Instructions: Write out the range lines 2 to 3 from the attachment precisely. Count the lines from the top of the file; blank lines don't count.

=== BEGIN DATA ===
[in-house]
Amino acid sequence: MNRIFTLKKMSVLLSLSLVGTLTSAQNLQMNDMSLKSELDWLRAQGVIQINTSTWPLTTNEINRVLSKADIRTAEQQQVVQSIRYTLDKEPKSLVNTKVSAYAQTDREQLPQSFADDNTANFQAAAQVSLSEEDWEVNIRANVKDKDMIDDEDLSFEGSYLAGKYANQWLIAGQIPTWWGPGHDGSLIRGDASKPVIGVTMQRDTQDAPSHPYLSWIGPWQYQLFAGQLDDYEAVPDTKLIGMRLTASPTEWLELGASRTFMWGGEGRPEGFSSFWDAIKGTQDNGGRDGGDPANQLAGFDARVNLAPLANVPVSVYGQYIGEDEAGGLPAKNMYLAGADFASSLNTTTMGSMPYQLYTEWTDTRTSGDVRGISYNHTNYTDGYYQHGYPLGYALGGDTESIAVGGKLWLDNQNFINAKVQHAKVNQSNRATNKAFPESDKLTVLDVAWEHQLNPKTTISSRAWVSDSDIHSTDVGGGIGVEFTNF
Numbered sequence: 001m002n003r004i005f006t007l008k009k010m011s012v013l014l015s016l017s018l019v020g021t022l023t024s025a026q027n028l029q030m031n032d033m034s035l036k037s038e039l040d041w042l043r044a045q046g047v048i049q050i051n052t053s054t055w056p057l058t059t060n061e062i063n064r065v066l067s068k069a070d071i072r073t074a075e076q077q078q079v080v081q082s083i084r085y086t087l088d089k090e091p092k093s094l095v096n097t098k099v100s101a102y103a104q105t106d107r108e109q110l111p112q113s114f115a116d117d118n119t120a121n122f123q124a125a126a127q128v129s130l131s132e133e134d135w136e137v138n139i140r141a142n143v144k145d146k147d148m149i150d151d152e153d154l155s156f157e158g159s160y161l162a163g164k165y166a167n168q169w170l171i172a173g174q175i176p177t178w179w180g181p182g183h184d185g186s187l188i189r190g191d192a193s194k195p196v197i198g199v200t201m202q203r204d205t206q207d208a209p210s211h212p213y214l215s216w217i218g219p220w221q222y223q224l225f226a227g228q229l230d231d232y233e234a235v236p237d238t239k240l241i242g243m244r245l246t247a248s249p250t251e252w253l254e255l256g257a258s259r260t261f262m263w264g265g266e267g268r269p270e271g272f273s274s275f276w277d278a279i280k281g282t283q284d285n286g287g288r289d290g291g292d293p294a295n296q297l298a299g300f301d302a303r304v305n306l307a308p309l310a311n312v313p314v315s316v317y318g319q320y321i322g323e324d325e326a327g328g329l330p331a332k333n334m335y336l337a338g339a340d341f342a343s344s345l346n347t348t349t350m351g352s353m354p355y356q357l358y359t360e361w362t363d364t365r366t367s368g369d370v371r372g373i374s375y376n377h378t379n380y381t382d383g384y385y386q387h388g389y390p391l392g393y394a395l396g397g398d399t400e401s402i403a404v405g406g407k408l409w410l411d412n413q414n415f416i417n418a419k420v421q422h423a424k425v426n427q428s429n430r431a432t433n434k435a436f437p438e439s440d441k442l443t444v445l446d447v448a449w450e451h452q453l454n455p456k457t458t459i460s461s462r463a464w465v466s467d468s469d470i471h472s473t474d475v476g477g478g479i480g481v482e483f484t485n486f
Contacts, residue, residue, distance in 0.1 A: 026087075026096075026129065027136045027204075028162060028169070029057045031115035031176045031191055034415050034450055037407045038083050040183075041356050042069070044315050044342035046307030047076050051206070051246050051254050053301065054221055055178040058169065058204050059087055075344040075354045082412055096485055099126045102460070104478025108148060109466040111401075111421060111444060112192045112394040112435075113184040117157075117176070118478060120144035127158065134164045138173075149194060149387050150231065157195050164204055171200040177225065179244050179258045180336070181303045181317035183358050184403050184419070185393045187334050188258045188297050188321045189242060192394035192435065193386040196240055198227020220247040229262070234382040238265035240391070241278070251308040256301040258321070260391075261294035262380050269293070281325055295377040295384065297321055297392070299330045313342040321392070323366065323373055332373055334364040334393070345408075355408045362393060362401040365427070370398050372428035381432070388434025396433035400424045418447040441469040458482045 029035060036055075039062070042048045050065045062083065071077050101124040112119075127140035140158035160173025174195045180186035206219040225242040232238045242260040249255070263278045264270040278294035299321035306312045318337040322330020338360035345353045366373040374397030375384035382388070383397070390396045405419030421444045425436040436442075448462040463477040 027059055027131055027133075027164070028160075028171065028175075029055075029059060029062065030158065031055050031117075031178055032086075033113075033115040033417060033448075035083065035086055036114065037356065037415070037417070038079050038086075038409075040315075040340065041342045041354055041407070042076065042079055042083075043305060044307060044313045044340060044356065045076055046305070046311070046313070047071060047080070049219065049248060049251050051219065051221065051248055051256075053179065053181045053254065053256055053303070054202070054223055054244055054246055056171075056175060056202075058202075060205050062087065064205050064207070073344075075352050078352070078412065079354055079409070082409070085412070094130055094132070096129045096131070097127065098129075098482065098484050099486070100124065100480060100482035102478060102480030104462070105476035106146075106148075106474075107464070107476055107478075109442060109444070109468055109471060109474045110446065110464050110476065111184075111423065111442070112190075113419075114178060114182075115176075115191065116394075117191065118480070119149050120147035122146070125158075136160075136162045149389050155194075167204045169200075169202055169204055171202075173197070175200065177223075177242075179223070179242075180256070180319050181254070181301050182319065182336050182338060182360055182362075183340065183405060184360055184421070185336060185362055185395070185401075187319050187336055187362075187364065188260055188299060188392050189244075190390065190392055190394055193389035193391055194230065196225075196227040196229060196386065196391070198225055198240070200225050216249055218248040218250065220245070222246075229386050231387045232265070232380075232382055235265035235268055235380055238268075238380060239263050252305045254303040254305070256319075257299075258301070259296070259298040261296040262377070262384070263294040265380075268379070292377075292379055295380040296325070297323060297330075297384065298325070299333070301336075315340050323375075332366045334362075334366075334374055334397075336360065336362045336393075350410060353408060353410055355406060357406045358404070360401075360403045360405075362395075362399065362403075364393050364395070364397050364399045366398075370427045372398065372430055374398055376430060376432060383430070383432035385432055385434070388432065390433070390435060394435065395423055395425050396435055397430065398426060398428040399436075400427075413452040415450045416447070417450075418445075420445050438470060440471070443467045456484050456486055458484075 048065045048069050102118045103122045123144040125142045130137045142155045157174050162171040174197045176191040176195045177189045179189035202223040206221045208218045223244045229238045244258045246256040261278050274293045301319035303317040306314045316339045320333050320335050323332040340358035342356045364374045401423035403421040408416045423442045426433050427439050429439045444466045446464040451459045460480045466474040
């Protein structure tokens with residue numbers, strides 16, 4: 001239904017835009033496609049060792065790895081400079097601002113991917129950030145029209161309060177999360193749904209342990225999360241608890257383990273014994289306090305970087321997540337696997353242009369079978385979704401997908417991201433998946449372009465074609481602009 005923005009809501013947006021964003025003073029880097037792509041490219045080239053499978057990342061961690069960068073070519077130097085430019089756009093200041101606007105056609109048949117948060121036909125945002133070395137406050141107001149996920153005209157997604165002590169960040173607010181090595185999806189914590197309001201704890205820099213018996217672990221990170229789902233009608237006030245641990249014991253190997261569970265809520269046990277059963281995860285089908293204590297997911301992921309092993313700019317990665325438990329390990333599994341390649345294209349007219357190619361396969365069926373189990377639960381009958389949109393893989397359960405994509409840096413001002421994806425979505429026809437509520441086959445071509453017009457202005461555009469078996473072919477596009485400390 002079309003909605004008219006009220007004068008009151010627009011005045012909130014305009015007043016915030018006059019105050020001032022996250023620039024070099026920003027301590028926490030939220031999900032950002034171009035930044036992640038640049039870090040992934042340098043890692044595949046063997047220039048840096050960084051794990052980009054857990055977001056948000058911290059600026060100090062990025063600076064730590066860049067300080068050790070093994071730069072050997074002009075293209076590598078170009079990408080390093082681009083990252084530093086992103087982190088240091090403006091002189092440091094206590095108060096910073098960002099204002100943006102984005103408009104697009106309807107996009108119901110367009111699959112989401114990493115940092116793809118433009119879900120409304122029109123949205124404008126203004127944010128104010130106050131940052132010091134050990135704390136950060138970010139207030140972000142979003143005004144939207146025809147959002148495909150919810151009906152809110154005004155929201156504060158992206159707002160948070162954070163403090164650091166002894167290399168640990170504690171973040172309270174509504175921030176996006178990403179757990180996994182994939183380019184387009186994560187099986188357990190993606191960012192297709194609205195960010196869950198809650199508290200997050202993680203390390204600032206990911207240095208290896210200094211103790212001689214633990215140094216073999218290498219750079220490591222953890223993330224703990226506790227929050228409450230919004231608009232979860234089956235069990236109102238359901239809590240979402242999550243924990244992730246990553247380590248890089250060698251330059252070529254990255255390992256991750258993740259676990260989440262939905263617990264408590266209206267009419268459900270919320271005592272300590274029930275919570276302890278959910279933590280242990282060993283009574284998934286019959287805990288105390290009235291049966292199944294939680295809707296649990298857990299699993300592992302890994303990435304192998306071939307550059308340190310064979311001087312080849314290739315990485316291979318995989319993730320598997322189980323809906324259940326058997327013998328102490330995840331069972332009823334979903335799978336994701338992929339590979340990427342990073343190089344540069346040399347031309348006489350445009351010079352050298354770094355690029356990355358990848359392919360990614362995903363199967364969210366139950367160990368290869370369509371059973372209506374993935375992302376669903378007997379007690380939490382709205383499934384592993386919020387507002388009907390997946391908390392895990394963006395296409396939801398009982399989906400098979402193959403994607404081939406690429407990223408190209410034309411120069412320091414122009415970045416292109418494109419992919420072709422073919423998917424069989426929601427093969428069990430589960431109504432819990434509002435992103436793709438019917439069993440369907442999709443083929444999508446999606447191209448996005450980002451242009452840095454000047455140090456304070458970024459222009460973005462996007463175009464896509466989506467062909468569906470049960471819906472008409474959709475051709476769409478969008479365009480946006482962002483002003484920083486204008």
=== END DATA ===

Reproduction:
Amino acid sequence: MNRIFTLKKMSVLLSLSLVGTLTSAQNLQMNDMSLKSELDWLRAQGVIQINTSTWPLTTNEINRVLSKADIRTAEQQQVVQSIRYTLDKEPKSLVNTKVSAYAQTDREQLPQSFADDNTANFQAAAQVSLSEEDWEVNIRANVKDKDMIDDEDLSFEGSYLAGKYANQWLIAGQIPTWWGPGHDGSLIRGDASKPVIGVTMQRDTQDAPSHPYLSWIGPWQYQLFAGQLDDYEAVPDTKLIGMRLTASPTEWLELGASRTFMWGGEGRPEGFSSFWDAIKGTQDNGGRDGGDPANQLAGFDARVNLAPLANVPVSVYGQYIGEDEAGGLPAKNMYLAGADFASSLNTTTMGSMPYQLYTEWTDTRTSGDVRGISYNHTNYTDGYYQHGYPLGYALGGDTESIAVGGKLWLDNQNFINAKVQHAKVNQSNRATNKAFPESDKLTVLDVAWEHQLNPKTTISSRAWVSDSDIHSTDVGGGIGVEFTNF
Numbered sequence: 001m002n003r004i005f006t007l008k009k010m011s012v013l014l015s016l017s018l019v020g021t022l023t024s025a026q027n028l029q030m031n032d033m034s035l036k037s038e039l040d041w042l043r044a045q046g047v048i049q050i051n052t053s054t055w056p057l058t059t060n061e062i063n064r065v066l067s068k069a070d071i072r073t074a075e076q077q078q079v080v081q082s083i084r085y086t087l088d089k090e091p092k093s094l095v096n097t098k099v100s101a102y103a104q105t106d107r108e109q110l111p112q113s114f115a116d117d118n119t120a121n122f123q124a125a126a127q128v129s130l131s132e133e134d135w136e137v138n139i140r141a142n143v144k145d146k147d148m149i150d151d152e153d154l155s156f157e158g159s160y161l162a163g164k165y166a167n168q169w170l171i172a173g174q175i176p177t178w179w180g181p182g183h184d185g186s187l188i189r190g191d192a193s194k195p196v197i198g199v200t201m202q203r204d205t206q207d208a209p210s211h212p213y214l215s216w217i218g219p220w221q222y223q224l225f226a227g228q229l230d231d232y233e234a235v236p237d238t239k240l241i242g243m244r245l246t247a248s249p250t251e252w253l254e255l256g257a258s259r260t261f262m263w264g265g266e267g268r269p270e271g272f273s274s275f276w277d278a279i280k281g282t283q284d285n286g287g288r289d290g291g292d293p294a295n296q297l298a299g300f301d302a303r304v305n306l307a308p309l310a311n312v313p314v315s316v317y318g319q320y321i322g323e324d325e326a327g328g329l330p331a332k333n334m335y336l337a338g339a340d341f342a343s344s345l346n347t348t349t350m351g352s353m354p355y356q357l358y359t360e361w362t363d364t365r366t367s368g369d370v371r372g373i374s375y376n377h378t379n380y381t382d383g384y385y386q387h388g389y390p391l392g393y394a395l396g397g398d399t400e401s402i403a404v405g406g407k408l409w410l411d412n413q414n415f416i417n418a419k420v421q422h423a424k425v426n427q428s429n430r431a432t433n434k435a436f437p438e439s440d441k442l443t444v445l446d447v448a449w450e451h452q453l454n455p456k457t458t459i460s461s462r463a464w465v466s467d468s469d470i471h472s473t474d475v476g477g478g479i480g481v482e483f484t485n486f